Last night I finished 12 Seconds to Project Management Greatness. Mr. Everett is a former colleague of mine, and we have fought the good fight together some years ago. I can say with great certainty and experience that the concepts discussed in the book are well rooted in reality, and any project manager could benefit from reading this book.
I appreciated the approach Mr. Everett took in creating this work, as it read more like a screenplay or novel which made what is a pretty dry topic a lot more interesting. I enjoyed meeting the Master Project Managers in the respective locations around the world and hearing some of the well-crafted stories. There were a few nuggets I took from the book that I can apply to my daily work, as well as a few reminders of things I instinctively knew, but haven’t practiced effectively for some time.
I agree wholeheartedly that if one was to master each of the Project Management Imperatives written in this book that they would be a great Project Manager. As the book concluded, our hero Alex is suddenly transformed into a great Project Manager, and his world is made right almost immediately. It made for a great story, but as the story was winding down, I couldn’t help but being reminded of a recent encounter with one of Minnesota’s great baseball heroes, Tony Oliva.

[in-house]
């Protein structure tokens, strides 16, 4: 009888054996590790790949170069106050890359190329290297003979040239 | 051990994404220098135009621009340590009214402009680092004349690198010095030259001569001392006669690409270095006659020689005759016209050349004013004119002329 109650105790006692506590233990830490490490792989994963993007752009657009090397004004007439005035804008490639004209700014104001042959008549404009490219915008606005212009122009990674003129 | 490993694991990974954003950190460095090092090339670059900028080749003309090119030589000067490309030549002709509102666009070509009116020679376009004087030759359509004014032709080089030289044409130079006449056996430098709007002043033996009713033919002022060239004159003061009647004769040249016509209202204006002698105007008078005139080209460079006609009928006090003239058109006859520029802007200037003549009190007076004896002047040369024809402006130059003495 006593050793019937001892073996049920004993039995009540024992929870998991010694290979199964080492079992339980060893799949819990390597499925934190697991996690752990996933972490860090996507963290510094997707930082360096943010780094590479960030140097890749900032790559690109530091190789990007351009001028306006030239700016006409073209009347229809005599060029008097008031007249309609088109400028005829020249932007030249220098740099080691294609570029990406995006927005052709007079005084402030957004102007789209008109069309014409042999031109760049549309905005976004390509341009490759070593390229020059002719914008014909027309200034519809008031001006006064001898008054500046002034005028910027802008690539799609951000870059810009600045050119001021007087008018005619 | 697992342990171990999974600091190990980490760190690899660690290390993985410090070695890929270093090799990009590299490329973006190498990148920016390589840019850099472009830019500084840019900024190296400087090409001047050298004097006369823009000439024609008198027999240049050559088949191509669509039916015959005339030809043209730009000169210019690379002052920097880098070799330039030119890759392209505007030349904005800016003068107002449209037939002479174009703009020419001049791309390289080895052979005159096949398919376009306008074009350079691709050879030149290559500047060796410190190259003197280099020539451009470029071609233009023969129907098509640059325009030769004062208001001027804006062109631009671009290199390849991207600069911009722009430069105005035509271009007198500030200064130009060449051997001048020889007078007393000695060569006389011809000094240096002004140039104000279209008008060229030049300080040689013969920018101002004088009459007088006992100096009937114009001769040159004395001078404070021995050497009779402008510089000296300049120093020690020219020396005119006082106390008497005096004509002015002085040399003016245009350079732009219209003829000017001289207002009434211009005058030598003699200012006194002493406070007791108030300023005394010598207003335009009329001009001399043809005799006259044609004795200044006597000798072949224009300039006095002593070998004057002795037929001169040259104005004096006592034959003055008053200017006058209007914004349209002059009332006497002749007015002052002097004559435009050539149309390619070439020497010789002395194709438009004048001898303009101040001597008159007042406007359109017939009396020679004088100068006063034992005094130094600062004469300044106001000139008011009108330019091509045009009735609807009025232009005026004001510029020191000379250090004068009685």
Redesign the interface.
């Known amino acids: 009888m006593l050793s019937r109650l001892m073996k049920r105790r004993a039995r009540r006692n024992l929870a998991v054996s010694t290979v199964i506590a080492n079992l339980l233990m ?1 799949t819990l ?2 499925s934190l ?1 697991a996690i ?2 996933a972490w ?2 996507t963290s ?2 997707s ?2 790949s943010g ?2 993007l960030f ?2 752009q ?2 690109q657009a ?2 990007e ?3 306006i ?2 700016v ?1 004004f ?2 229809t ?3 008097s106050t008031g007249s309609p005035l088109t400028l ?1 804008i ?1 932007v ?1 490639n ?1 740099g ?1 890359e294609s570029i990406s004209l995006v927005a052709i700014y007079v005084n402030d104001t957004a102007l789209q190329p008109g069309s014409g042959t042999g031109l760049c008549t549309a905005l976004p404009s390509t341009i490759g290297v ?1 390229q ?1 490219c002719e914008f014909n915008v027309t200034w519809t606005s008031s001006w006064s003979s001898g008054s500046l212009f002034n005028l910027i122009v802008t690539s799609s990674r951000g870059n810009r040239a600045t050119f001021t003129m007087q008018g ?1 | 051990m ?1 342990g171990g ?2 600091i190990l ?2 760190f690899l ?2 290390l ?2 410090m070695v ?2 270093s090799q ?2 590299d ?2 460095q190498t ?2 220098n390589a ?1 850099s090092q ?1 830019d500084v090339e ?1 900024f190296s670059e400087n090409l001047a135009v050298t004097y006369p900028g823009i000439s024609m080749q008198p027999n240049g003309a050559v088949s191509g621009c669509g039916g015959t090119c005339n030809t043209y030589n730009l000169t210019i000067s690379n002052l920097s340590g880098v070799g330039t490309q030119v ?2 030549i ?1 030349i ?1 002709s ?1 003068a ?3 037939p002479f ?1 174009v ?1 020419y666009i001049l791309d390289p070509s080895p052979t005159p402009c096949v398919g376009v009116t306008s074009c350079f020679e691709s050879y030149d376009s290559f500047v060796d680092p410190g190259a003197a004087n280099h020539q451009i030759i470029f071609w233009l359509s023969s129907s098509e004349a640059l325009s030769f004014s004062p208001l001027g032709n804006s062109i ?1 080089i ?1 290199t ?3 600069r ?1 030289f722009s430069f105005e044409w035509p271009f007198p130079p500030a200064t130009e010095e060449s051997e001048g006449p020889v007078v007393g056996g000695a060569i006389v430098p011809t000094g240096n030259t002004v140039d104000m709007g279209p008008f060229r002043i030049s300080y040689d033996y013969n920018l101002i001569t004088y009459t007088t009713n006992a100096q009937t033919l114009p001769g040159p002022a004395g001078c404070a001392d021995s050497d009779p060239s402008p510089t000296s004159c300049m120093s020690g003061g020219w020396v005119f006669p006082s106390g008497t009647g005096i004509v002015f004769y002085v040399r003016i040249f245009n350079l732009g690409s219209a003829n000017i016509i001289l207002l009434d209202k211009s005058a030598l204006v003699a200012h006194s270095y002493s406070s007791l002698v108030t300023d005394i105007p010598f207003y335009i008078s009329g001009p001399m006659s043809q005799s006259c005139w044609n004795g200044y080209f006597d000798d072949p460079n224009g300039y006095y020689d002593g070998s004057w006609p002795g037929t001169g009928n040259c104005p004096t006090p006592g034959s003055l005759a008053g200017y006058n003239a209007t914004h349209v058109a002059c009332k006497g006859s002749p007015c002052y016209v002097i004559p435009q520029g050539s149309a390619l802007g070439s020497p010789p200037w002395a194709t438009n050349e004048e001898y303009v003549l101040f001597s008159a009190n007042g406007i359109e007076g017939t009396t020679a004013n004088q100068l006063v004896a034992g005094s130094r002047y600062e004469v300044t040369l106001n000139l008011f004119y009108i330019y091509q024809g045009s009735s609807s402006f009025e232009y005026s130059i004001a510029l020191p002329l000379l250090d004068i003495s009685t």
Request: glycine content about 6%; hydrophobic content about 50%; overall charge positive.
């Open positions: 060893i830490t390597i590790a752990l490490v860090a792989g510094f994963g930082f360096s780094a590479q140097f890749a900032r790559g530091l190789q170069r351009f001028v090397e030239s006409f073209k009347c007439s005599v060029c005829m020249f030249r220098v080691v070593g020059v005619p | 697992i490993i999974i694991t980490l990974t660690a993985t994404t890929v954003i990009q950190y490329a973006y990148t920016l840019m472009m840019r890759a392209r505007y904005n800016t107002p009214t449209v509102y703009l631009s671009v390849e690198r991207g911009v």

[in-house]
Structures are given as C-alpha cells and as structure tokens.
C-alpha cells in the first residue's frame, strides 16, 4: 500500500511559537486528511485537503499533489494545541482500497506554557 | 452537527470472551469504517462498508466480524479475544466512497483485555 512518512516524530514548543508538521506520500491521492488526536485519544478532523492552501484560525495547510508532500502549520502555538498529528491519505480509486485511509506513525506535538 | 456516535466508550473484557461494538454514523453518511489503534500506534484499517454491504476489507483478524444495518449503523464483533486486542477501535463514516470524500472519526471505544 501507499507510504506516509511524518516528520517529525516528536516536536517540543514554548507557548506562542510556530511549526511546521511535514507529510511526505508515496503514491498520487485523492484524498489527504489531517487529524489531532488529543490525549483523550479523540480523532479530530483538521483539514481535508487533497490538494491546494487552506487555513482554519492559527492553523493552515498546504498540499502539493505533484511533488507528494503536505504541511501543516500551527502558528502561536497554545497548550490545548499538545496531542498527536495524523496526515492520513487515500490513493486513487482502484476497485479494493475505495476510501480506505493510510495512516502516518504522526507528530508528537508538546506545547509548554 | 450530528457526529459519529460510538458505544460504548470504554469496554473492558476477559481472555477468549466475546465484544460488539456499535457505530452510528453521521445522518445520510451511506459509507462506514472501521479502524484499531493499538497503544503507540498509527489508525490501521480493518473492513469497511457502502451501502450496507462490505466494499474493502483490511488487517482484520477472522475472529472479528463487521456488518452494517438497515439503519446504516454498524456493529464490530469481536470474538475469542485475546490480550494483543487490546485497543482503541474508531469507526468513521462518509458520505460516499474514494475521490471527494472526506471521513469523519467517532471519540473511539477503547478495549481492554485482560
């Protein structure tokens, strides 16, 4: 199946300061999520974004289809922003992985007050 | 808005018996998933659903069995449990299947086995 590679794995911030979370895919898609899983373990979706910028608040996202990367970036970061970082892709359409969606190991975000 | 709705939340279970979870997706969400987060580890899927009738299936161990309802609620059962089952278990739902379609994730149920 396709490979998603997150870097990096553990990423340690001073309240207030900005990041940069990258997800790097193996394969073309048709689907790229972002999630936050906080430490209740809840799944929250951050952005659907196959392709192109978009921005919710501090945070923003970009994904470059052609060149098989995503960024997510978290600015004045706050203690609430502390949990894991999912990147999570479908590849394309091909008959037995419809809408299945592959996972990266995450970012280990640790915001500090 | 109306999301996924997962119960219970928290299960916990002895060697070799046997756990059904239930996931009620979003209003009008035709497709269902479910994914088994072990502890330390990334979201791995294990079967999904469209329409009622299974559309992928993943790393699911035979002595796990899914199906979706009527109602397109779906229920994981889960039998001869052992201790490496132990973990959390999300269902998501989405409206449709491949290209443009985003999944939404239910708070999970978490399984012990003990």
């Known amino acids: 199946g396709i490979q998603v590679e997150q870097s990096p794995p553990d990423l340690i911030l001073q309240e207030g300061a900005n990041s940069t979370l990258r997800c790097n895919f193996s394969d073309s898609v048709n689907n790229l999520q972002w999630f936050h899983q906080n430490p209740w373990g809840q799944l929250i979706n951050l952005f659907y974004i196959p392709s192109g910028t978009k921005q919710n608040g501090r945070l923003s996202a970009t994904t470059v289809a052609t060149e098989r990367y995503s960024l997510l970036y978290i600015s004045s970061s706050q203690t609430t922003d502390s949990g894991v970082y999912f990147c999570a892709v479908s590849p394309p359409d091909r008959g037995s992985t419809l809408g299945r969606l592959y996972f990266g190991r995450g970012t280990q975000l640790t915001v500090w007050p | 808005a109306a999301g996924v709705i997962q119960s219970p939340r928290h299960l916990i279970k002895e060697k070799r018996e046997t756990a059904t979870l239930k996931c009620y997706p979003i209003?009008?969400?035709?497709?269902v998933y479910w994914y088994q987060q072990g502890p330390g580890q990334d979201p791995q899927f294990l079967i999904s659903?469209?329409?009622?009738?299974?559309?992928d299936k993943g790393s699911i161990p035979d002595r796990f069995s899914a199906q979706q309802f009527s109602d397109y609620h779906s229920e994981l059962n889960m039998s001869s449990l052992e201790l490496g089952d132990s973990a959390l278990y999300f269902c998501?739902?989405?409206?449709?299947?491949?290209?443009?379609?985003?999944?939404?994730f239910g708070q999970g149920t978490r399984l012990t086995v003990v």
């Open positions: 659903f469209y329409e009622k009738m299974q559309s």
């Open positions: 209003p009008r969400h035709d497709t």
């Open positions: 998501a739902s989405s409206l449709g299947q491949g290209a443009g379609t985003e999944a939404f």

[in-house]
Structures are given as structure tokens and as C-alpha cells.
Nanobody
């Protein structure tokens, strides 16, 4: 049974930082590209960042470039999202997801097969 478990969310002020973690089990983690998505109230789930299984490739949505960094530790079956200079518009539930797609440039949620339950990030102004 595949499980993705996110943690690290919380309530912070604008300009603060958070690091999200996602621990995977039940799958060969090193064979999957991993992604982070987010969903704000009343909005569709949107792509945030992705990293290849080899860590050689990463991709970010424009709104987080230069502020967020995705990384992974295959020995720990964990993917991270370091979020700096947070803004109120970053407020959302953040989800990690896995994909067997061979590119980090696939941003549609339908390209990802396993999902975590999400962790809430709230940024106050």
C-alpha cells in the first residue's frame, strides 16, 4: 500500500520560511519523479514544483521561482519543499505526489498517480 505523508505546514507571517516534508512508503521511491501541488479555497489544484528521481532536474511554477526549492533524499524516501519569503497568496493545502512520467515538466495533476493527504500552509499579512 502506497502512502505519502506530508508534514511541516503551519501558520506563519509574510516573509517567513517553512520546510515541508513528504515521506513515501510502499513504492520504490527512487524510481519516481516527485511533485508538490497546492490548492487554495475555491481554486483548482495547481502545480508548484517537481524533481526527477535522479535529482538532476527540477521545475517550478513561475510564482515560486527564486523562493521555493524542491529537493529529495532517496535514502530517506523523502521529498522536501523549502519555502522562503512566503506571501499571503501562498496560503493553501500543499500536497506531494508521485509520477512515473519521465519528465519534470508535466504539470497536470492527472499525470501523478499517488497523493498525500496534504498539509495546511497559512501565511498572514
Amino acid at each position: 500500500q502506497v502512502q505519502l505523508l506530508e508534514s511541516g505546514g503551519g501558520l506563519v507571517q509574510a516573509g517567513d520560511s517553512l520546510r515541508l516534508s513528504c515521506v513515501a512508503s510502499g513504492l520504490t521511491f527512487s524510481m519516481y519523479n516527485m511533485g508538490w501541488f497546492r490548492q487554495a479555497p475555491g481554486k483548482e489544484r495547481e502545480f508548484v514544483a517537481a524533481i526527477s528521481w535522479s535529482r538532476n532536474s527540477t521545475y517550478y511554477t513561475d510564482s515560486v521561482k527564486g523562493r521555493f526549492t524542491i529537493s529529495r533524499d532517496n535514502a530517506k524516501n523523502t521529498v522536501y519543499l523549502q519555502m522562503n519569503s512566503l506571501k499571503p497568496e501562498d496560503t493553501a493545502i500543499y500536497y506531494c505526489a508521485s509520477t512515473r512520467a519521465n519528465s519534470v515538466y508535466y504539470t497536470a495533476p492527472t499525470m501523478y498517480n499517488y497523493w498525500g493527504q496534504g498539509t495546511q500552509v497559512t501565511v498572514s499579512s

I was with my son at a Twins baseball game, and we had the rare opportunity to have an extended conversation with Mr. Oliva as we were introduced by a mutual acquaintance. My 11 year old son asked him, “what is the secret to hitting?” Mr. Oliva responded with two thoughts. The first comment was very simple, “Practice.” The second piece of advice regarding practice came a few seconds later, “When you practice, don’t try to be perfect, just make better” (broken English intended). That’s good advice to young baseball players and Project Managers alike regarding development – it is important to view development as a journey.
The tools found in the back serve effectively as a roadmap to go on that journey, and I recommend any Project Manager take the time to leverage those tools for their own development. For me, that was a key value of the book.
Congratulations to Mr. Everett on a fine piece of work, and I look forward to the continuing story of Alex Pilgrim.